Many festivals are celebrated in Nabadwip throughout the year. Among them Shakta Rash, Dol Purnima Ratha Yatra are the most popular religious festivals in Nabadwip. Other major festivals are Kali Puja, Durga Puja, Gaura-purnima (the birthday of Chaitanya Mahaprabhu), Shiber Biye, Gajan, Pohela Boishakh, Jhulan Purnima etc. An extinct festival of Nabadwip is Dhulōṭa (Bengali: ধুলোট). It is the general conferences of Kirtaniyas, occurred in month of Magh.[26] Typically, it is a thirteen-day-long Sankirtana, performed by renowned Kirtaniyas from all over Bengal who gathered in Nabadwip in that time.[27]

Shakta Rash[edit]

Shakta Rash is the most celebrated age-old festival of Nabadwip, celebrated thirty-five days after the autumnal Durga puja celebration, or fifteen days after Kali puja in Kartik Purnima. The main feature of the festival is to make huge idols of different types of goddesses and to worship Shakti. After the patronize of Raja Krishnachandra Roy and mainly Girish Chandra Basu, Nabadwip Shakta Rash became more popular and glorious.[28]

Rath Yatra[edit]

Left: Notkona fruit, specially found in Ratha Yatra in Nabadwip; Right: The Ratha-Yatra of Jagannath In Nabadwip features unusual images with hands.[29]

Although Ratha Yatra is the main festival of Odisha, still Nabadwip have a pride of Ratha Yatra because of Chaitanya Mahaprabhu. Nearly 20-25 Ratha Chariots are bloom in this occasion. Here in Nabadwip one can found some exceptions like full hand idols of Lord Jagannatha. Here another speciality is a fruit called "Notkona" which is specially found in this eve, mainly brought from Assam. This Fruit is a vital part of Eastern part of Bengali.[29]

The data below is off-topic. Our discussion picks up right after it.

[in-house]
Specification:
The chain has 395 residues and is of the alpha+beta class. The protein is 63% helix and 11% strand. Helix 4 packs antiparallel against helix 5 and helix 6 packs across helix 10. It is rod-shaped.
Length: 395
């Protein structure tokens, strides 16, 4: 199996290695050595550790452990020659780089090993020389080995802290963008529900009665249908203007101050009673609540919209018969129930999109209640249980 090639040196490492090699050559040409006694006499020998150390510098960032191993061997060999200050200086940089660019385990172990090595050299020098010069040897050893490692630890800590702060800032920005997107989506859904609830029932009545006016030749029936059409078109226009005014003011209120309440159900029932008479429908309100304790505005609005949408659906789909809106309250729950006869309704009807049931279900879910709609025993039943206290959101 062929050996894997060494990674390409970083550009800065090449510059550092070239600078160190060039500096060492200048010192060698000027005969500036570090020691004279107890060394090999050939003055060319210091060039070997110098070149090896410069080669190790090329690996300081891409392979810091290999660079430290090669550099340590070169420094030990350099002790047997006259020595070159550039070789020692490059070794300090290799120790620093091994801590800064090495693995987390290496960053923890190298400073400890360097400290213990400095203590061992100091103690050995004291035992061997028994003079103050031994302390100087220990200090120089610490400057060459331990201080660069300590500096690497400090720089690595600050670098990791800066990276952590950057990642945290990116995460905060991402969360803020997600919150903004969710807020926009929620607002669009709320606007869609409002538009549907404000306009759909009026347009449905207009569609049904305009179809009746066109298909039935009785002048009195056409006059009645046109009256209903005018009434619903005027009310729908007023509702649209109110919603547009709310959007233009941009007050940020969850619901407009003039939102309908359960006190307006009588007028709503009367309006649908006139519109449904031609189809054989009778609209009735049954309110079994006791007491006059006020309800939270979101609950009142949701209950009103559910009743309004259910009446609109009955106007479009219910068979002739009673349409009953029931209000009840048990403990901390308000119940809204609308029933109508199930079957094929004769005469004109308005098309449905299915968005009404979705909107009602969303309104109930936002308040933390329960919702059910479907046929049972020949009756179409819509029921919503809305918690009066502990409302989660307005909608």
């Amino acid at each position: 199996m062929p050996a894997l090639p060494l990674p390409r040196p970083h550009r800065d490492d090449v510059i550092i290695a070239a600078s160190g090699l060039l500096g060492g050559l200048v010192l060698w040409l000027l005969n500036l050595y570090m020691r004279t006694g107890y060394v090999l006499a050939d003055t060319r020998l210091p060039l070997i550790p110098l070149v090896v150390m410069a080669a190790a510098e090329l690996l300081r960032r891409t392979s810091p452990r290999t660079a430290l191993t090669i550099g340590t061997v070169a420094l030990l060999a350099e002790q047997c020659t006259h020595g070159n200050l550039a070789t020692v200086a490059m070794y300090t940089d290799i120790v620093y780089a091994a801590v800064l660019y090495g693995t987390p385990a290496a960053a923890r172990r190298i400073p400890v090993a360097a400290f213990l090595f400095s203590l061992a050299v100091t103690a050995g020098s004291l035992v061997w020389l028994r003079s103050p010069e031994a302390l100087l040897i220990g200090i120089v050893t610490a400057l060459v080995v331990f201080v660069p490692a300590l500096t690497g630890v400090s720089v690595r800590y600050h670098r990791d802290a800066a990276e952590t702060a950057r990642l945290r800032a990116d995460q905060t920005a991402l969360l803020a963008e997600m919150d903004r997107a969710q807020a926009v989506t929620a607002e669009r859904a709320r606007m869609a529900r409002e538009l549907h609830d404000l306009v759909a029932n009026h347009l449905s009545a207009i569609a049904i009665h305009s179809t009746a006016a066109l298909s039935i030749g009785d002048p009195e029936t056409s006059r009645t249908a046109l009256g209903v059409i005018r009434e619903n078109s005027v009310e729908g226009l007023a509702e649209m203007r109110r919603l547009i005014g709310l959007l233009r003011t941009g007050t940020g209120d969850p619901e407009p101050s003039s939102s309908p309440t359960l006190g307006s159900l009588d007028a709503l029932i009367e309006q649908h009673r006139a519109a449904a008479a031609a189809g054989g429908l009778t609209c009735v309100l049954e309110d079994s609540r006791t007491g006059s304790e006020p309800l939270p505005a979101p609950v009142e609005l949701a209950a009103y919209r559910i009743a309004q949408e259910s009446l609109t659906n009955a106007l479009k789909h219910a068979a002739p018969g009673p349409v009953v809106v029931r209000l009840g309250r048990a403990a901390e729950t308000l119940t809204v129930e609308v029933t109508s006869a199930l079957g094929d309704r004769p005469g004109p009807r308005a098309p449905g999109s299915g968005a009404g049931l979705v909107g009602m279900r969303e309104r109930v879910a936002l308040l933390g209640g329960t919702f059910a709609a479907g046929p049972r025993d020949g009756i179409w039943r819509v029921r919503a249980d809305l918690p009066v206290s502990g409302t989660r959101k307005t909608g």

Rail services[edit]

Nabadwip Dham railway station is the main railway station of Nabadwip. The railway inaugurated in 1913. It is situated 105 km from Howrah on the Bandel-Katwa Branch Line.[30] Nabadwip Dham Railway Station is seventh longest railway station of India (2362 ft). Bishnupriya railway station is another Halt station of Nabadwip, 107 km from howrah junction and 38 km from katwa junction.

Nabadwip Dham is 65 km from Bandel,105 km from Howrah and 112 km from Sealdah on the Bandel-Katwa-Azimganj section of Eastern Railway.[31] It has very good railway communication with North Bengal, Assam, Bihar, Odisha and Kolkata.[32]

Bus services[edit]

There is a good bus services in Nabadwip. From Nabadwip bus stand, it connect with Krishnanagar, Shantipur, Phulia, Ranaghat, Chakdaha, Nadanghat, Kusumgram, Bardhaman, Karimpur, Samudragarh, Memari, Tarapith Via Katwa etc. A long-distance bus services like Durgapur, Asansol, Tarakeswar, Siliguri, Dinhata Via Berhampur, Maldah, Coochbehar, Bolpur, Puruliya, Bankura, Suri, Gangarampur provided here.


  1. ^ Chattopadhyay, Nripendra Krishna (1961). Sri Sri Chaitanya Charitamrita.
  2. ^ "Navadwip". Encyclopædia Britannica.